Foggy perception slows us down

Paolo Pretto, Jean Pierre Bresciani, Gregor Rainer, Heinrich H. Bülthoff

Research output: Contribution to journalArticlepeer-review

34 Citations (Scopus)


Visual speed is believed to be underestimated at low contrast, which has been proposed as an explanation of excessive driving speed in fog. Combining psychophysics measurements and driving simulation, we confirm that speed is underestimated when contrast is reduced uniformly for all objects of the visual scene independently of their distance from the viewer. However, we show that when contrast is reduced more for distant objects, as is the case in real fog, visual speed is actually overestimated, prompting drivers to decelerate. Using an artificial anti-fog-that is, fog characterized by better visibility for distant than for close objects, we demonstrate for the first time that perceived speed depends on the spatial distribution of contrast over the visual scene rather than the global level of contrast per se. Our results cast new light on how reduced visibility conditions affect perceived speed, providing important insight into the human visual system.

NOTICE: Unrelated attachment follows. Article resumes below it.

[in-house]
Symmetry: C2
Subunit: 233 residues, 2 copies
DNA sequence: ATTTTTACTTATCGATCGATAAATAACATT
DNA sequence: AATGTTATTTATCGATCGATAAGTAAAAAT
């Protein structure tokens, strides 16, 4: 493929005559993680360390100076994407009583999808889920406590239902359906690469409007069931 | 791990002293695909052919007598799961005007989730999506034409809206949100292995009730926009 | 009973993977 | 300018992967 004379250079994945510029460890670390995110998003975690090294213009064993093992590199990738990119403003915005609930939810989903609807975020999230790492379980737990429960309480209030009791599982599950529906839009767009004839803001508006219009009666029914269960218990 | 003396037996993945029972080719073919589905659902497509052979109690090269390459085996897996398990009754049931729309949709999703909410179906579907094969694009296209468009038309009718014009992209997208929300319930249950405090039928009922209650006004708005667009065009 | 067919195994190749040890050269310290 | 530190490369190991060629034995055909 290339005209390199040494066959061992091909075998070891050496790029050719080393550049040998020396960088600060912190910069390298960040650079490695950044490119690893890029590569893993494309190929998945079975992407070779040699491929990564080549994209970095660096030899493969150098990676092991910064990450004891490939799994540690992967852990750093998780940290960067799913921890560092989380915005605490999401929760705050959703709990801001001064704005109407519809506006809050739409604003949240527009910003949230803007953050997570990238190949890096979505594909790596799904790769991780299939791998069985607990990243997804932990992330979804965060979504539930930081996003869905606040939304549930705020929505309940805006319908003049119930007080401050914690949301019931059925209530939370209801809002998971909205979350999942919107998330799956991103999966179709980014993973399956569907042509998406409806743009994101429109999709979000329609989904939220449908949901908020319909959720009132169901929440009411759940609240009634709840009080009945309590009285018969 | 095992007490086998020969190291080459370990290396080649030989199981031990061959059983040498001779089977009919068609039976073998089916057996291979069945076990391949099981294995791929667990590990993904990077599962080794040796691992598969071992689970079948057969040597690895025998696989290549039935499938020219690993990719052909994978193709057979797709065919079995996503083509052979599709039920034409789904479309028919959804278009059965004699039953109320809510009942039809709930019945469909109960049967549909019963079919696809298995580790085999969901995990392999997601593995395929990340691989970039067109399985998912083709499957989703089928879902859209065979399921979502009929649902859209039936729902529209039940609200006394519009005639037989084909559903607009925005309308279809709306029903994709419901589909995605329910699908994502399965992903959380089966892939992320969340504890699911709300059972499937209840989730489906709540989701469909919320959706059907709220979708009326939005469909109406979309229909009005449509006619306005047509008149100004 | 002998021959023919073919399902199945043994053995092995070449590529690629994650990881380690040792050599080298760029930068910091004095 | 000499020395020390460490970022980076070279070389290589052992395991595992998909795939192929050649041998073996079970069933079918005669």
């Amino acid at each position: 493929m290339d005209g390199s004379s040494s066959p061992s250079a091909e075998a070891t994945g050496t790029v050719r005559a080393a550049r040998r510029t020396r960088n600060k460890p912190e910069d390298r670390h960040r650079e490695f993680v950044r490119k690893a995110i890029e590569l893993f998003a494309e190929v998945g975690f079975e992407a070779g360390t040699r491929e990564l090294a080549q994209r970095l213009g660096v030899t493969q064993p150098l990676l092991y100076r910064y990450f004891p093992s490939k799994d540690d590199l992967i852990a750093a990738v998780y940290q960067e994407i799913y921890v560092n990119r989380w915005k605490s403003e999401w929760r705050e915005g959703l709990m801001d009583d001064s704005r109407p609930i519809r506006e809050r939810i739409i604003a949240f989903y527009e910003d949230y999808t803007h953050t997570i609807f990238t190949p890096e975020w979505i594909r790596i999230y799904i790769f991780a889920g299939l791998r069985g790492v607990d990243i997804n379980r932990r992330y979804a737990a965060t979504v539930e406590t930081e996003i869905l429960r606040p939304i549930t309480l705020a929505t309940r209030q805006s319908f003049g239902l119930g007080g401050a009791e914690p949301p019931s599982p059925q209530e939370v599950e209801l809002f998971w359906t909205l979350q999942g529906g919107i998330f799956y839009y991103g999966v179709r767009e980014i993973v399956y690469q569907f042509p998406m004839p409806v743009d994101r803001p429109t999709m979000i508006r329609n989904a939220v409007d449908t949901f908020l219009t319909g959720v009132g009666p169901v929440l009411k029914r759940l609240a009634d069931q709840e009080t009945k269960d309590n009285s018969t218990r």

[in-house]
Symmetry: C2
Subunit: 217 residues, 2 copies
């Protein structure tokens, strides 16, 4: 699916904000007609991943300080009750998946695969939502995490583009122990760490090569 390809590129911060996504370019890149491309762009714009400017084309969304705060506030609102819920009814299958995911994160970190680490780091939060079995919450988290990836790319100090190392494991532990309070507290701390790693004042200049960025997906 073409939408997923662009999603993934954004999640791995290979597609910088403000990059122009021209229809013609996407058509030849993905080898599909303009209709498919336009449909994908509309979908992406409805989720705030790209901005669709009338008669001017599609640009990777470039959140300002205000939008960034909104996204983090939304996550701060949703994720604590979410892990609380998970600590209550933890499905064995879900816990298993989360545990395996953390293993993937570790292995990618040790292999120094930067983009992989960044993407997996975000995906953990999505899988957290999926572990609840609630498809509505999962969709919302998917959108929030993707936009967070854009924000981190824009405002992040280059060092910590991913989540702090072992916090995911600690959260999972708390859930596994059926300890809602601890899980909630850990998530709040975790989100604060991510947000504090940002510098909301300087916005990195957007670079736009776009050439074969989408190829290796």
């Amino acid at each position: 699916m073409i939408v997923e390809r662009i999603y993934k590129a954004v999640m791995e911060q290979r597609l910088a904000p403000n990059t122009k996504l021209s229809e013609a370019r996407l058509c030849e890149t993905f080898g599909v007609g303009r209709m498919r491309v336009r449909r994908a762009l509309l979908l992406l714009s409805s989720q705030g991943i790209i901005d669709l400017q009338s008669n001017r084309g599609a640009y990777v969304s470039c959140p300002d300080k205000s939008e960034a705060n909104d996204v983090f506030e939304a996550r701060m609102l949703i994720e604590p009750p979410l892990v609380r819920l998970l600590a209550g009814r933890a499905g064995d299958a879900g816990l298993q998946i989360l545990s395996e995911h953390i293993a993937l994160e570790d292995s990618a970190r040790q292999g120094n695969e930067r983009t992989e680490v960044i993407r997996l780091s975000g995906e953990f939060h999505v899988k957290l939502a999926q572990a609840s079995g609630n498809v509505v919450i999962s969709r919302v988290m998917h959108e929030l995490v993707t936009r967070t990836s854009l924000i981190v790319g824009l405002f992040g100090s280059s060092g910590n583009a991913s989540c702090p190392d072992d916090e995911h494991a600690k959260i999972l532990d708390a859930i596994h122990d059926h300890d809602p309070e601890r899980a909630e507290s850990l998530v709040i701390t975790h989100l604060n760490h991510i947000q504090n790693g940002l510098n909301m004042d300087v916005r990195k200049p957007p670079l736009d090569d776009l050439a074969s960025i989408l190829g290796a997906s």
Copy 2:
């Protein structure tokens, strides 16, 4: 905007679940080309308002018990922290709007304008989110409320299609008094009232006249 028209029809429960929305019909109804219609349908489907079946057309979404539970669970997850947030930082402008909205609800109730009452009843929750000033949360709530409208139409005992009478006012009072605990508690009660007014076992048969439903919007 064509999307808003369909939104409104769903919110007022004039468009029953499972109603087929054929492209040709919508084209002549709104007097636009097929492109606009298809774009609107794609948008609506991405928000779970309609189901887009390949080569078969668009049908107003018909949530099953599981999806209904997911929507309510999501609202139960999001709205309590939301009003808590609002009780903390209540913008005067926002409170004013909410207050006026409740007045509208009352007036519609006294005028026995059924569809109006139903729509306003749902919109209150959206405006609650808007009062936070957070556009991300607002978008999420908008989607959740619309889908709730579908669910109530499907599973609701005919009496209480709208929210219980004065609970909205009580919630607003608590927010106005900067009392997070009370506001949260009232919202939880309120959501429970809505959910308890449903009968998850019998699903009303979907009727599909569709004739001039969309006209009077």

Original languageEnglish
Article numbere00031
Issue number1
Publication statusPublished - 2012 Oct 30

ASJC Scopus subject areas

  • General Neuroscience
  • General Biochemistry,Genetics and Molecular Biology
  • General Immunology and Microbiology


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